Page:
Hectorine: Hectorine’s gently psychedelic, bucolic songs are a wonder to behold.
A couple of years ago the San Francisco and Oakland indie scenes opened up like two blooming flowers in the sunshine when we fell for a group called Cindy. The band curated a bonus disc for us that featured a whole host of groups and artists from that area of the world that were their peers and Hectorine’s Motel Song hit us immediately. So it just feels right that Hectorine’s debut album, originally from 2019 but now released on vinyl for the first time follows Cindy’s Free Advice as a Monorail Album Of The Month.
Hectorine is the nom de plume of Oakland resident Sarah Gagnon and with her group she writes swirling, gently psychedelic and beguiling songs that pulse with an innate sensitivity and warmth. The perfectly balanced playing on the record lifts the songs to a gentle peak with everything supporting Gagnon’s striking voice, a deeply resonant and restrained instrument that pulls off this trick of being simultaneously understated and demanding of attention.
Hectorine’s music seems to have emerged from an imaginary mid-Atlantic Atlantis, part West Coast USA psychedelia and late 60s southern English balladry, between Caravan and Trees, Jefferson Airplane, United States Of America, Velvet Underground and, a little more up to date, Galaxie 500 or Luna. A music of a time out of place, her debut seems to have been born fully formed and quietly confident. A hazily, lightly lysergic bucolia that might reference the past in its palette, these songs are universal tales of the heart.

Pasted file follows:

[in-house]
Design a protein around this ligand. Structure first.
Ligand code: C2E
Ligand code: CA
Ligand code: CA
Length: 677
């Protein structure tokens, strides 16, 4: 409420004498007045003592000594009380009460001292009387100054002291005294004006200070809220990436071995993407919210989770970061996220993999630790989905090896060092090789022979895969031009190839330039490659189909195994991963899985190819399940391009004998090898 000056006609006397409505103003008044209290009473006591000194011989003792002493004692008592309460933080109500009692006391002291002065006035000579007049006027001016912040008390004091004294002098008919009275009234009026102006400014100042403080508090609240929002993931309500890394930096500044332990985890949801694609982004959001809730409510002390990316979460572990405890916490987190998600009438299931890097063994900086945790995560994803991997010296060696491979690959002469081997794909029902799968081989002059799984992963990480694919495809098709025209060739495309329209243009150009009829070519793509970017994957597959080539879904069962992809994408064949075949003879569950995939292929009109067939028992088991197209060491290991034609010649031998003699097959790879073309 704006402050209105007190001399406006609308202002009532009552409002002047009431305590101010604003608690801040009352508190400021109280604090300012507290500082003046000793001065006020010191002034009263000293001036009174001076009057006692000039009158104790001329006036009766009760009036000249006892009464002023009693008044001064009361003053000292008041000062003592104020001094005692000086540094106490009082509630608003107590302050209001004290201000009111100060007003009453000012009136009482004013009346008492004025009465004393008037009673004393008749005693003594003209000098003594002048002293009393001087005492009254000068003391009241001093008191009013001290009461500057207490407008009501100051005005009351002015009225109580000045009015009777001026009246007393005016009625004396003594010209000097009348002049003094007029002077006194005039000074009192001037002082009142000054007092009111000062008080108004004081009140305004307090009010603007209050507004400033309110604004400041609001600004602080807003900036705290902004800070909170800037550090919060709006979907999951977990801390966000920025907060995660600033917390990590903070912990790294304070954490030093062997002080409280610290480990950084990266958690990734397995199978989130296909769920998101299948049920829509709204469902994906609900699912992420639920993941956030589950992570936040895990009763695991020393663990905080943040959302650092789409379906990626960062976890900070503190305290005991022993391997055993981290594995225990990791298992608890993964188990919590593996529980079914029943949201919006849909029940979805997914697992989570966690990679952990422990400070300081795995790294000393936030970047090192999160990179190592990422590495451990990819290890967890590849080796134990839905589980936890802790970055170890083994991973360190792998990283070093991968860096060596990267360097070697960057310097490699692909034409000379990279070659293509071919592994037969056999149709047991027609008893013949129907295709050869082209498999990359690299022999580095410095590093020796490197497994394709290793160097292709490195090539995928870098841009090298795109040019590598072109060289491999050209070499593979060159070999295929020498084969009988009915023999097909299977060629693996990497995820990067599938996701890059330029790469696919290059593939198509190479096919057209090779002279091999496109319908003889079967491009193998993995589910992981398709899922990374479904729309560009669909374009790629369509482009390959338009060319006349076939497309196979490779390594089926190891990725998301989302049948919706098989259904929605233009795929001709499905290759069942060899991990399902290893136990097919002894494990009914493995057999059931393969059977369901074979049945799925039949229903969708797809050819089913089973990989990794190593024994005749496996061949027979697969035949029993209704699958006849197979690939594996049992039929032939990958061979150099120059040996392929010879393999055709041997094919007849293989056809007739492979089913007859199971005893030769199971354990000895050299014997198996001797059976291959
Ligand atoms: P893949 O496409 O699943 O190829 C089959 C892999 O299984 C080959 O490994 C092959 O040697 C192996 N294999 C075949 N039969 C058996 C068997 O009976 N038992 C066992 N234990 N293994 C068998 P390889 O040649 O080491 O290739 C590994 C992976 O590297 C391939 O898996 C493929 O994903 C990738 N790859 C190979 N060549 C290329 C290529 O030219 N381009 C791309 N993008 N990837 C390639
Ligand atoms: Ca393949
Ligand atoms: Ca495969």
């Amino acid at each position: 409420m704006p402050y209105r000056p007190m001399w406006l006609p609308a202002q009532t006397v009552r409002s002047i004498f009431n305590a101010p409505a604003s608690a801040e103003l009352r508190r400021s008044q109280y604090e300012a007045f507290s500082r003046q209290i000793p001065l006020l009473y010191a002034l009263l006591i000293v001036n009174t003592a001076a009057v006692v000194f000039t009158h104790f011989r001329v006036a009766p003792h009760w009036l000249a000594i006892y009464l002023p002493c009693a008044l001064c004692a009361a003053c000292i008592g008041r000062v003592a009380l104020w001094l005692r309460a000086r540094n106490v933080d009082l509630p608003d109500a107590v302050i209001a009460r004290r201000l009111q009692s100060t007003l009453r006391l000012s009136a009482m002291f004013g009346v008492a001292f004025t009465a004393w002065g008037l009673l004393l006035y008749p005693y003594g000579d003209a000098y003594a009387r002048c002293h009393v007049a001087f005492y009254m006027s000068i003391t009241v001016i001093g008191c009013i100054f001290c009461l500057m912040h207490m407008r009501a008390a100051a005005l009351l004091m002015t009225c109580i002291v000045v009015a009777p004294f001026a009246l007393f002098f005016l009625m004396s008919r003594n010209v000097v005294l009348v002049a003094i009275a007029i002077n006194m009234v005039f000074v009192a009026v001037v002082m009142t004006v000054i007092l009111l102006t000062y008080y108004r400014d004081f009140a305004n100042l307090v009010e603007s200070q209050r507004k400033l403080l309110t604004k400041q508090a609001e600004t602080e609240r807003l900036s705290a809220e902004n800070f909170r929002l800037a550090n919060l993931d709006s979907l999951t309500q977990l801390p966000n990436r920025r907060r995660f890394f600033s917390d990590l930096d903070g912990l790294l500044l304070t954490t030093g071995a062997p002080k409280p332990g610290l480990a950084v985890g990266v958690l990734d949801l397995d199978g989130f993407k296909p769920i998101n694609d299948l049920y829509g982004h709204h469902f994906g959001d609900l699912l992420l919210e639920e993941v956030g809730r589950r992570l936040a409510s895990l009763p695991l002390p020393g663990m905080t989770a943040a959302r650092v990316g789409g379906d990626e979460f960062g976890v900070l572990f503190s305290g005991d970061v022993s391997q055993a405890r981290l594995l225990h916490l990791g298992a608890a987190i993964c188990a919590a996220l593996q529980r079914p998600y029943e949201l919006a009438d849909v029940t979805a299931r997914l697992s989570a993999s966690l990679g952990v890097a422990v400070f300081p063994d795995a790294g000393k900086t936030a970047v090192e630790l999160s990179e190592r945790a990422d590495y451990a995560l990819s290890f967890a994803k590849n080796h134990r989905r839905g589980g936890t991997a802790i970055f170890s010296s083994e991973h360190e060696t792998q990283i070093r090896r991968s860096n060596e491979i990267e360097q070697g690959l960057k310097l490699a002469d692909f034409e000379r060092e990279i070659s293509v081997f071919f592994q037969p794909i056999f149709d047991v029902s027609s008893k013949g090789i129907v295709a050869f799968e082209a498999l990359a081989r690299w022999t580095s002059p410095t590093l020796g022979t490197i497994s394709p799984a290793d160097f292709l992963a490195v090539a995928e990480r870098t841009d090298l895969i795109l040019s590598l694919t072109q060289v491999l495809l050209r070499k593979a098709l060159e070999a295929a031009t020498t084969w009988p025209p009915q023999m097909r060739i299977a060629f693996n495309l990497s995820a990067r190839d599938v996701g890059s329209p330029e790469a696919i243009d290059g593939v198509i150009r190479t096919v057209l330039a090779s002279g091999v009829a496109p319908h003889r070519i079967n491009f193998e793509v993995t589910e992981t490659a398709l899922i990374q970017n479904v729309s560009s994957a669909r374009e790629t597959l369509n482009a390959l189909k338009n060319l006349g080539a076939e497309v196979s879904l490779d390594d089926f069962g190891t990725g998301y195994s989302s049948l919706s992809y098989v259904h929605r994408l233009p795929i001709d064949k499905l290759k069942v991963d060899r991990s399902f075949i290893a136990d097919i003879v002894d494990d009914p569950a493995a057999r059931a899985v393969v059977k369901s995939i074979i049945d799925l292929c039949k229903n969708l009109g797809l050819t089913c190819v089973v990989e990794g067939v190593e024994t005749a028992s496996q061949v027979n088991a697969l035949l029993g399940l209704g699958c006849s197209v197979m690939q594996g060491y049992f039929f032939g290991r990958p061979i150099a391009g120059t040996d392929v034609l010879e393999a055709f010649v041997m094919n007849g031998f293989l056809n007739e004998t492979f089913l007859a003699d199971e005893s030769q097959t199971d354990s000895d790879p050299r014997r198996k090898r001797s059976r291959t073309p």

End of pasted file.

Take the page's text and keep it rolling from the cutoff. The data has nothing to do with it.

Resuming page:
Motel Song opens the album, with gentle waves of shimmering guitar and a swaying vocal performance from Gagnon detailing a stolen night at a motel. The slow burn of the song is quietly affecting, with Gagnon’s nocturnal reminiscing playing out over organ and understated guitar embellishments. Hectorine’s music feels like night time music brought into the blazing sun, the bleached out colours bleeding out from each chord, honey-dewed harmonies twisting out tales touched with skewed emotions and turmoil, yet played with control and panache. The way The Raven’s flute accompaniment and arpeggio guitars frame Gagnon’s vocal brings to mind Bridget St. John more than Nico, an artist to whom she’s been compared more frequently. The wistfulness in Hectorine’s delivery is far warmer than the cold, glacial productions associated with Cale-era Nico; the weird, Alice In Wonderland eternal-summer promised by Hectorine is a warmer place.
On the fuller band productions, like Another Life, Gagnon’s interaction with her band recalls the classic heartbreaking indie pop canon like Belle & Sebastian or Camera Obscura, with immaculately curated instrumentation highlighting each twist. Over the 9 songs’ procession Hectorine flickers with both darkness and light, sun-kissed imagery darkened by universal human problems or nocturnes fizzing with reckless adventures. It’s a dreamworld, a reality filtered through Gagnon’s fervent imagination that you never want to full awake from.